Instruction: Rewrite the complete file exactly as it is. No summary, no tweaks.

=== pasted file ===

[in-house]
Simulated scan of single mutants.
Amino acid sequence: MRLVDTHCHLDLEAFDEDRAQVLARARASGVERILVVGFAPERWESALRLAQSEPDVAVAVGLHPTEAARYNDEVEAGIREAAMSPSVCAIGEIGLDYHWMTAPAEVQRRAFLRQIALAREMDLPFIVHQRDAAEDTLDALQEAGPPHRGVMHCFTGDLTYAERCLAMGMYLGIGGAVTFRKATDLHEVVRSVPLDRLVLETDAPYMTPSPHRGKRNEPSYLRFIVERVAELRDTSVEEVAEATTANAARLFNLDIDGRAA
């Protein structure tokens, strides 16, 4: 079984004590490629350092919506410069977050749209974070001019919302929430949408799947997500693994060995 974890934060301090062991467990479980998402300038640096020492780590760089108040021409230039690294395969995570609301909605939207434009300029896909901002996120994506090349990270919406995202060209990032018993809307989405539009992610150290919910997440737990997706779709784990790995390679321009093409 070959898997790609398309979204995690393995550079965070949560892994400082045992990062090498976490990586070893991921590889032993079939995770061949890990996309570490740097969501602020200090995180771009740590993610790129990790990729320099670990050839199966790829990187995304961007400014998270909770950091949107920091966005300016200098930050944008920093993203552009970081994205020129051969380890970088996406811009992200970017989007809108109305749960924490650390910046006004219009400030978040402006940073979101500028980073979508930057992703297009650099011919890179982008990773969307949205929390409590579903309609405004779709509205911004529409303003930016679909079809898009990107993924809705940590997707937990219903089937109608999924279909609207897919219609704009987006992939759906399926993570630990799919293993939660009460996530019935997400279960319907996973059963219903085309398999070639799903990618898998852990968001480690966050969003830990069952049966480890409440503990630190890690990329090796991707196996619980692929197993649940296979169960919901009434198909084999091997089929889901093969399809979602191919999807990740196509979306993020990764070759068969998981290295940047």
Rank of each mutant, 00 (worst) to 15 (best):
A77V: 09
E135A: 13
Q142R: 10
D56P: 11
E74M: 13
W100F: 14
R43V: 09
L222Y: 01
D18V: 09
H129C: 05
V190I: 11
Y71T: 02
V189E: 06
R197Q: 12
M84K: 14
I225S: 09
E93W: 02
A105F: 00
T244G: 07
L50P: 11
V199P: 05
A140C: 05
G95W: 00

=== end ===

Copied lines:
[in-house]
Simulated scan of single mutants.
Amino acid sequence: MRLVDTHCHLDLEAFDEDRAQVLARARASGVERILVVGFAPERWESALRLAQSEPDVAVAVGLHPTEAARYNDEVEAGIREAAMSPSVCAIGEIGLDYHWMTAPAEVQRRAFLRQIALAREMDLPFIVHQRDAAEDTLDALQEAGPPHRGVMHCFTGDLTYAERCLAMGMYLGIGGAVTFRKATDLHEVVRSVPLDRLVLETDAPYMTPSPHRGKRNEPSYLRFIVERVAELRDTSVEEVAEATTANAARLFNLDIDGRAA
């Protein structure tokens, strides 16, 4: 079984004590490629350092919506410069977050749209974070001019919302929430949408799947997500693994060995 974890934060301090062991467990479980998402300038640096020492780590760089108040021409230039690294395969995570609301909605939207434009300029896909901002996120994506090349990270919406995202060209990032018993809307989405539009992610150290919910997440737990997706779709784990790995390679321009093409 070959898997790609398309979204995690393995550079965070949560892994400082045992990062090498976490990586070893991921590889032993079939995770061949890990996309570490740097969501602020200090995180771009740590993610790129990790990729320099670990050839199966790829990187995304961007400014998270909770950091949107920091966005300016200098930050944008920093993203552009970081994205020129051969380890970088996406811009992200970017989007809108109305749960924490650390910046006004219009400030978040402006940073979101500028980073979508930057992703297009650099011919890179982008990773969307949205929390409590579903309609405004779709509205911004529409303003930016679909079809898009990107993924809705940590997707937990219903089937109608999924279909609207897919219609704009987006992939759906399926993570630990799919293993939660009460996530019935997400279960319907996973059963219903085309398999070639799903990618898998852990968001480690966050969003830990069952049966480890409440503990630190890690990329090796991707196996619980692929197993649940296979169960919901009434198909084999091997089929889901093969399809979602191919999807990740196509979306993020990764070759068969998981290295940047």
Rank of each mutant, 00 (worst) to 15 (best):
A77V: 09
E135A: 13
Q142R: 10
D56P: 11
E74M: 13
W100F: 14
R43V: 09
L222Y: 01
D18V: 09
H129C: 05
V190I: 11
Y71T: 02
V189E: 06
R197Q: 12
M84K: 14
I225S: 09
E93W: 02
A105F: 00
T244G: 07
L50P: 11
V199P: 05
A140C: 05
G95W: 00